by Dawn Combs
Publishers’ note: This is the second installment of a two-part series that explores struggles with, and potential solutions for, problems of conception. The first installment, entitled “My Infertility Story: One Woman’s Journey”, was published in the May 2014 issue.
One of the most surprising things I encountered when I began working on fertility issues with our doctors was the notion that my husband wasn’t very involved. There is a sense today that what men have to contribute is the same regardless of the individual, and this couldn’t be further from the truth.
The typical sperm count and motility test found my husband to be “normal”, so our doctors focused on me. This is understandable in a medical model of fertility. When you chase the symptom rather than using a holistic view of the couple, tests can sideline one partner or the other. We have conditioned men to feel alienated from a woman’s fertility. We teach them as young boys that a woman’s cycle is a mystery. In the case of infertility, modern medicine often makes him an outsider to the process of making his very own child.
The truth is that men are just as responsible for the very possibility, and the healthy foundation, of their children. Two cells merge at the beginning of life and we have, for too long, valued the health of one over the other. We need to empower men to take an active role in the health of all of their body’s cells, especially those required for half of the equation to create a child. Whether his sperm count and motility are deemed “normal” or “abnormal”, there are foods and herbs that can be used to improve health. Except in rare structural issues, abnormal does not mean inadequate, but merely that the body is not fully healthy and there is work to be done.
Whole foods may be the first answer for couples when fertility is a struggle. Dietary changes that remove synthetic and non-food substances such as hydrogenated oils, unfermented soy, food dyes, chemicals and caffeine, as well as processed sugars and flours, are a start. Incorporating foods that support a healthy endocrine and reproductive system, such as grass-fed meat and dairy, proper fats, and properly prepared grains and greens, are next steps.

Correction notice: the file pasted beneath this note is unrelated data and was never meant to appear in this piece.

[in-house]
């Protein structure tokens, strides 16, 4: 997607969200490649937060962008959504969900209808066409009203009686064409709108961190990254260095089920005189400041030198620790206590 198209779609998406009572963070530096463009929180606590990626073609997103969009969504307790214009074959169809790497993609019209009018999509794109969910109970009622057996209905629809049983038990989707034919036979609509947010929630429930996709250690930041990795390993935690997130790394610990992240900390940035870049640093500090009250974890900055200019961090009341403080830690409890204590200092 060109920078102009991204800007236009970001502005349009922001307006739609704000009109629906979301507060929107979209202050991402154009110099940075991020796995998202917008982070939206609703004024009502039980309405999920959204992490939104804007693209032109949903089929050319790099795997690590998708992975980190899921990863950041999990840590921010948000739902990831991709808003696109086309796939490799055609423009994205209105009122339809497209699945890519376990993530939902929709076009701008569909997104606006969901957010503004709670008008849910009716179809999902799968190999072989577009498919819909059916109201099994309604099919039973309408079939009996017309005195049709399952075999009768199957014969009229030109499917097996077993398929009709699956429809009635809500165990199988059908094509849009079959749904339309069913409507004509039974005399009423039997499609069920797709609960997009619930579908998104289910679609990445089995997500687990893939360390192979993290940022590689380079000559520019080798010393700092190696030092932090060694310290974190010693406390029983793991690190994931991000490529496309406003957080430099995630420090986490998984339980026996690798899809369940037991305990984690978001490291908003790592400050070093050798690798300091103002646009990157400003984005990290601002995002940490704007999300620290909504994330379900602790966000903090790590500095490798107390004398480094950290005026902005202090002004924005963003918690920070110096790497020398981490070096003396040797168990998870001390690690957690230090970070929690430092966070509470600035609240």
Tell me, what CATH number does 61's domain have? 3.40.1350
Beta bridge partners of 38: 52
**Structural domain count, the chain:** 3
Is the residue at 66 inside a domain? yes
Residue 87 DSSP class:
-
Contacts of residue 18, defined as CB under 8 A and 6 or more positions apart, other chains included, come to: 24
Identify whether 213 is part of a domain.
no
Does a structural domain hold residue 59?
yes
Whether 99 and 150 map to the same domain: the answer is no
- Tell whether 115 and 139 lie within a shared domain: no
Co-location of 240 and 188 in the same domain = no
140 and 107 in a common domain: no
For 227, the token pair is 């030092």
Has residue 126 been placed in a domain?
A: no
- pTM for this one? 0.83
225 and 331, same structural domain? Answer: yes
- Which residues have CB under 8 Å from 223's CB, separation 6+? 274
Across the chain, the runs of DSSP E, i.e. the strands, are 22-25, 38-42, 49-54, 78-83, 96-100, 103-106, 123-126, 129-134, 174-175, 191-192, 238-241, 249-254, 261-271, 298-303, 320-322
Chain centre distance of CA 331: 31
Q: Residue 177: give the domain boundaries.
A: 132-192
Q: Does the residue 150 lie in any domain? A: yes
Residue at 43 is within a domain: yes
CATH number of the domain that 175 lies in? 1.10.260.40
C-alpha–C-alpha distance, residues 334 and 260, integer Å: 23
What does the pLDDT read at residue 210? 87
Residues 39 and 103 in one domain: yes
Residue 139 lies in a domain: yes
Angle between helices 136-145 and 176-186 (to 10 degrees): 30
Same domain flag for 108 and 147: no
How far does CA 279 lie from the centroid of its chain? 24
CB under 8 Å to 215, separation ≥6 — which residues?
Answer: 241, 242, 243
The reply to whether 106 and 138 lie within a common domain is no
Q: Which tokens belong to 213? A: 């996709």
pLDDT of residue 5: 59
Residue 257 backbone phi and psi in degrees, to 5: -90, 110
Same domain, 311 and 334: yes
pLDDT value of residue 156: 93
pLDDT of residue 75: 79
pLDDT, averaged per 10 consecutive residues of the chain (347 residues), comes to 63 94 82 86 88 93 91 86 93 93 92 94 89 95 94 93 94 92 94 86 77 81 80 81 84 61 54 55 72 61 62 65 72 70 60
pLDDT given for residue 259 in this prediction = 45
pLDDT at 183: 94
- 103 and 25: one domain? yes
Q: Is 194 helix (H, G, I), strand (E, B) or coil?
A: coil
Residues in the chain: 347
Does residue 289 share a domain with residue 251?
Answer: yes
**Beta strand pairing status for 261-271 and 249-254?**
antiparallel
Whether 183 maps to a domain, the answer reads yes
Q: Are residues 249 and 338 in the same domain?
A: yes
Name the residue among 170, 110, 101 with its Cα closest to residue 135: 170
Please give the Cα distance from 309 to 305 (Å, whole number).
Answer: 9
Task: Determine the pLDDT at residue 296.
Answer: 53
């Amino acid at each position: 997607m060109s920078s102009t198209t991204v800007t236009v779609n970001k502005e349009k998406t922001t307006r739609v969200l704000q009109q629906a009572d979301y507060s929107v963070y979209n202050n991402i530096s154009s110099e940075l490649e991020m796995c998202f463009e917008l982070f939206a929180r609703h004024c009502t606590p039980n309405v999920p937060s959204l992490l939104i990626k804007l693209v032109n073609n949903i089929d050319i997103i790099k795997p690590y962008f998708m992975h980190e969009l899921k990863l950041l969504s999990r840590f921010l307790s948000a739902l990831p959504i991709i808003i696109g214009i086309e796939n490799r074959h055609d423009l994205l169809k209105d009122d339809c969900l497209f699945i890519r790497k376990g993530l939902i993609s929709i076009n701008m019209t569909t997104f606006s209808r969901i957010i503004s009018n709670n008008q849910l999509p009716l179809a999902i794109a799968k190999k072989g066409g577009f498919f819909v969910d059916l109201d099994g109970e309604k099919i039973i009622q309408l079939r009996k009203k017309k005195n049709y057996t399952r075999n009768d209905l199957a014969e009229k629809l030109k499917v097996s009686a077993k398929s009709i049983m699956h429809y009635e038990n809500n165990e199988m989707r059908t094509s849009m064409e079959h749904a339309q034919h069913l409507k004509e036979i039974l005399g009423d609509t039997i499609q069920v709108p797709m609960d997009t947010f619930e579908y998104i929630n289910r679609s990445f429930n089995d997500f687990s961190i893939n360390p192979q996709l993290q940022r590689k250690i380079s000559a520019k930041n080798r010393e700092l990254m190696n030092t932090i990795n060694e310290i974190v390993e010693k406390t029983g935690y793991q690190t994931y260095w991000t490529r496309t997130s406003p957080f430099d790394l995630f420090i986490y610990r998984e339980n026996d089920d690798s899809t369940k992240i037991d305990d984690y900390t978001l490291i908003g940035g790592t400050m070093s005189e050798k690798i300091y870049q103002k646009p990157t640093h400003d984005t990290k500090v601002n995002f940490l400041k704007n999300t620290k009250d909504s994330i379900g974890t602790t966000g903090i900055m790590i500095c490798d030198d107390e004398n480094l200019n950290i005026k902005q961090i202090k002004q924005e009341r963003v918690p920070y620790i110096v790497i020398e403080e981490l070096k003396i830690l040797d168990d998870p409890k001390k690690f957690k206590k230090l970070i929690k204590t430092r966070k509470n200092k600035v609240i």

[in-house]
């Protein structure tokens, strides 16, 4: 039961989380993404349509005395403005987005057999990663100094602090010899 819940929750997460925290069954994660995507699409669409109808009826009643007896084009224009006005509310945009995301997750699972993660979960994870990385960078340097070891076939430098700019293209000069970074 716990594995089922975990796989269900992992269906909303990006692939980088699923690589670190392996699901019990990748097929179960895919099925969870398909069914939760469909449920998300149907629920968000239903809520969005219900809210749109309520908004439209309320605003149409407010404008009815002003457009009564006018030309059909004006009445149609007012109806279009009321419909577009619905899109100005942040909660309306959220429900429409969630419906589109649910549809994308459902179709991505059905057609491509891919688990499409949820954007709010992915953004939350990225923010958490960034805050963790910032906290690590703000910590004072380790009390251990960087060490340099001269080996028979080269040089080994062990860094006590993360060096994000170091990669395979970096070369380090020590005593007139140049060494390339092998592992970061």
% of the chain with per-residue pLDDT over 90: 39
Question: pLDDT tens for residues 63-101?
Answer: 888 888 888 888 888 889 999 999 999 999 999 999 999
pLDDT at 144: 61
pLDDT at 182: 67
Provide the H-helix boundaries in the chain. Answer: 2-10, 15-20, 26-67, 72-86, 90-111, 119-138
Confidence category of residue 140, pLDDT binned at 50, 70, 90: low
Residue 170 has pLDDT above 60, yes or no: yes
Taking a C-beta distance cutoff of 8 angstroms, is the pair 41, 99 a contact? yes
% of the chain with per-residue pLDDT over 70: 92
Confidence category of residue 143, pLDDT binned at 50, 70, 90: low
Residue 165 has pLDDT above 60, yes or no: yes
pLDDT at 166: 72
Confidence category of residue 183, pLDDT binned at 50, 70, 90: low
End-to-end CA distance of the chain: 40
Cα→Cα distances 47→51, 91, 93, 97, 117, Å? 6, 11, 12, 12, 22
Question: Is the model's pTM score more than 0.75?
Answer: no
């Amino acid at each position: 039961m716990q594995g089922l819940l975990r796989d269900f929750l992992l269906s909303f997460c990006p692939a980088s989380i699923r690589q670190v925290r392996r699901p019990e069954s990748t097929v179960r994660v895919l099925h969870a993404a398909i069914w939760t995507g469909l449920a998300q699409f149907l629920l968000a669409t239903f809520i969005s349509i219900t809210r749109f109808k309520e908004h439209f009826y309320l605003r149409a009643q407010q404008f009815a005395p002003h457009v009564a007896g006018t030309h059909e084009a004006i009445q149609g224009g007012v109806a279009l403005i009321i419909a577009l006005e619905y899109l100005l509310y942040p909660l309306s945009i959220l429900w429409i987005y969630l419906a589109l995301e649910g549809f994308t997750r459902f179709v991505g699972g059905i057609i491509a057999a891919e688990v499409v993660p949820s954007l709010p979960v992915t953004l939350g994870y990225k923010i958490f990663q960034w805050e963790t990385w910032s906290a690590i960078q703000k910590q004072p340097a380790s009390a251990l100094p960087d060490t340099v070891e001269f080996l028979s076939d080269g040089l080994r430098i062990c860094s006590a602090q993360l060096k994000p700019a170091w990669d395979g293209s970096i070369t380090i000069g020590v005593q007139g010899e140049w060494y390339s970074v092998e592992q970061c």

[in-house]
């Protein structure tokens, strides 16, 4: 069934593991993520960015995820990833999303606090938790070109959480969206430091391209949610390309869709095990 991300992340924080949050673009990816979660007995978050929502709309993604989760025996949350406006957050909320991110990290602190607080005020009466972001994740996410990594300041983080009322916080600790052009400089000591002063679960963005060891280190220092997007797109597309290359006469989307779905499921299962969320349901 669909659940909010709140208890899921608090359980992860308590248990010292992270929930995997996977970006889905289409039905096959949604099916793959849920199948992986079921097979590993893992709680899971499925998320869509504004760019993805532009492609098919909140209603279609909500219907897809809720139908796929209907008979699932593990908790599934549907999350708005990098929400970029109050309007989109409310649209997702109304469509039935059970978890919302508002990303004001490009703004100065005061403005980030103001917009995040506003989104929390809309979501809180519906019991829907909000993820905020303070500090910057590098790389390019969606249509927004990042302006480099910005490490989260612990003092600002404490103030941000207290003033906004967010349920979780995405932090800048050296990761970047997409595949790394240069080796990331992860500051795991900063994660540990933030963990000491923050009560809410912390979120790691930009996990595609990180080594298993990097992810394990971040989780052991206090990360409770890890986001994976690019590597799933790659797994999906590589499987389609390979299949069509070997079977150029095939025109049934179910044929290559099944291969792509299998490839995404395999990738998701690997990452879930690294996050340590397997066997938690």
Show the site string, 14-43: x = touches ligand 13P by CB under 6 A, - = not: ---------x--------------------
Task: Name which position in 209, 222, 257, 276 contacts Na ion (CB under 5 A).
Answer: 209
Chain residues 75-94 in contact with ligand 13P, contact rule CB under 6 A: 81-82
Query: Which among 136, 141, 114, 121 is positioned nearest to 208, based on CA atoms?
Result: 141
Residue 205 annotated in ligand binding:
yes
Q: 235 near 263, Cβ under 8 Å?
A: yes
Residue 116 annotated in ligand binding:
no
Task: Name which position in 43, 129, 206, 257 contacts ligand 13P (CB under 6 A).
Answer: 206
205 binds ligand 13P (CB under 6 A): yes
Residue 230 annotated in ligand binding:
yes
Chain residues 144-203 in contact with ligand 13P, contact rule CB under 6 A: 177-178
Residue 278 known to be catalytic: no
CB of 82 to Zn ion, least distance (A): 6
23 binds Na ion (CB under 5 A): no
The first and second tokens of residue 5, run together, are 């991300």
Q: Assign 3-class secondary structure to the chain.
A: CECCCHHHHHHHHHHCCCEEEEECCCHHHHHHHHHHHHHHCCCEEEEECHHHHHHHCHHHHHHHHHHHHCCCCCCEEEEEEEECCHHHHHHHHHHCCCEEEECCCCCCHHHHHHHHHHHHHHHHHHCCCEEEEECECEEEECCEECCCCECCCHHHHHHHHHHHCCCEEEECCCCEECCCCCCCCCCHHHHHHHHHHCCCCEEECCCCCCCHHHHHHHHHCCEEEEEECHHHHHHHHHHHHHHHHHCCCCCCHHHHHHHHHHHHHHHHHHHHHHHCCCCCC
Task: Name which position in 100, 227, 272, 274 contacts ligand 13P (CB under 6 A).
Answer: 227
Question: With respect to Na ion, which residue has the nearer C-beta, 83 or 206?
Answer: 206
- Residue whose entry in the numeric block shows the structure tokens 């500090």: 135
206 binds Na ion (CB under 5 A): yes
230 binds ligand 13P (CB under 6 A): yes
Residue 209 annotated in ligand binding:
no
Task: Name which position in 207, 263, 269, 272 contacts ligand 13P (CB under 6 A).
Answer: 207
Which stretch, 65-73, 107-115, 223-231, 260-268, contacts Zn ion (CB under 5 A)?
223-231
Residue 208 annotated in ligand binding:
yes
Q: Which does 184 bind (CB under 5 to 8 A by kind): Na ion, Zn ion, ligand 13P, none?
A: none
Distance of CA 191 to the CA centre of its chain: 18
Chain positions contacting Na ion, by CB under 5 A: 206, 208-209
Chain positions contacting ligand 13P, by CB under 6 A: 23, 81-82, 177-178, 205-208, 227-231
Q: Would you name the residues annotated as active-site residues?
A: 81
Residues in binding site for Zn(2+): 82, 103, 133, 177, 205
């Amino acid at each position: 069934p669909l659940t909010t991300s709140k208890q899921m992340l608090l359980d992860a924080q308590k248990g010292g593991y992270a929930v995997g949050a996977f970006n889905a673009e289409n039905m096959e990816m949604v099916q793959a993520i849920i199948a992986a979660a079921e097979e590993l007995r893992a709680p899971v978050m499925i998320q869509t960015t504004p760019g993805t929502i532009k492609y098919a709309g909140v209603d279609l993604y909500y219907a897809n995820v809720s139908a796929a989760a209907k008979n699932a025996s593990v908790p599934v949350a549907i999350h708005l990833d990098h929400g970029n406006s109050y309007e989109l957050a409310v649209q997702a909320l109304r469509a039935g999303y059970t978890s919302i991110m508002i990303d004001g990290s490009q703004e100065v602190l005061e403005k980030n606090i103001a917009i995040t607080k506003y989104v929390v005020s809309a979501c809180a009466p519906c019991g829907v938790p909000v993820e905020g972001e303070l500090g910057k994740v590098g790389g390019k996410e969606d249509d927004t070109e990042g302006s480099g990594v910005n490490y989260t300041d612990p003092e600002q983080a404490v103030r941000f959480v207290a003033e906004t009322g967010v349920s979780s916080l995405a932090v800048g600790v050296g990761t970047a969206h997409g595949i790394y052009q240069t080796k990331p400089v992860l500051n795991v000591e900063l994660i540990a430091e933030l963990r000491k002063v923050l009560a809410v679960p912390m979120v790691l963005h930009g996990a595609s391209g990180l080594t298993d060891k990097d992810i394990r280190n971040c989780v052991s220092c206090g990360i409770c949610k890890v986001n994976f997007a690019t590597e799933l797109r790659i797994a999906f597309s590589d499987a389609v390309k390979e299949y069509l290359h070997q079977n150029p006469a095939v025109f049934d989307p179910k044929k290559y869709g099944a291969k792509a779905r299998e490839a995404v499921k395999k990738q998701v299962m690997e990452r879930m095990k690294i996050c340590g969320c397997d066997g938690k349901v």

Long-standing deficiencies and diseases should be addressed. Is there unresolved back pain or ongoing cholesterol issues and headaches? Instead of sweeping these under the rug, realize that these are just as much an issue of reproduction as is the health of the sperm. Any deficiencies that are held in our cells will be the foundation upon which we build our children. Slowing down enough to develop optimal health before adding children to our family is one of the greatest gifts we can give them.
There are many herbs to increase the health of the male reproductive system. I laugh every time a man at one of my seminars balks at drinking the tea I am serving because it includes red raspberry (Rubus idaeus) leaf. We readily recognize the herbs that have traditionally been used for women’s health. Few know, unfortunately, that these herbs are just as good for men. These herbs don’t have any inherent ability to endow the drinker with either feminine or masculine qualities. Red raspberry leaf was traditionally fed to stallions to improve their virility. I chuckle when I think about what my male students might be passing up.
I hear little about therapies available to men to improve sperm motility, quality and quantity. Too often, when the tests reveal a problem, couples feel they must give up. On the contrary, many herbs have been used in these cases for centuries. Adding herbs like ashwagandha (Withania somnifera), milky oats (Avena sativa) and fo ti (Polygonium multiflorum) while changing diet and lifestyle can have dramatic effects on fertility.
Dawn Combs has over 20 years of ethnobotanical experience, is a Certified Herbalist and has a B.A. in Botany and Humanities/Classics from OWU. Dawn is co-owner of Mockingbird Meadows, a local herbal health farm, where she consults with women and their partners on issues of hormonal balance, oversees the United Plant Savers (UpS) Botanical Sanctuary and operates the Eclectic Herbal Institute.
Read more about herbs that support male fertility in Dawn’s book, “Conceiving Healthy Babies, an Herbal Guide to Support Preconception, Pregnancy and Lactation,” due out September 9 from New Society Publishers and currently available for pre-sale on amazon.com.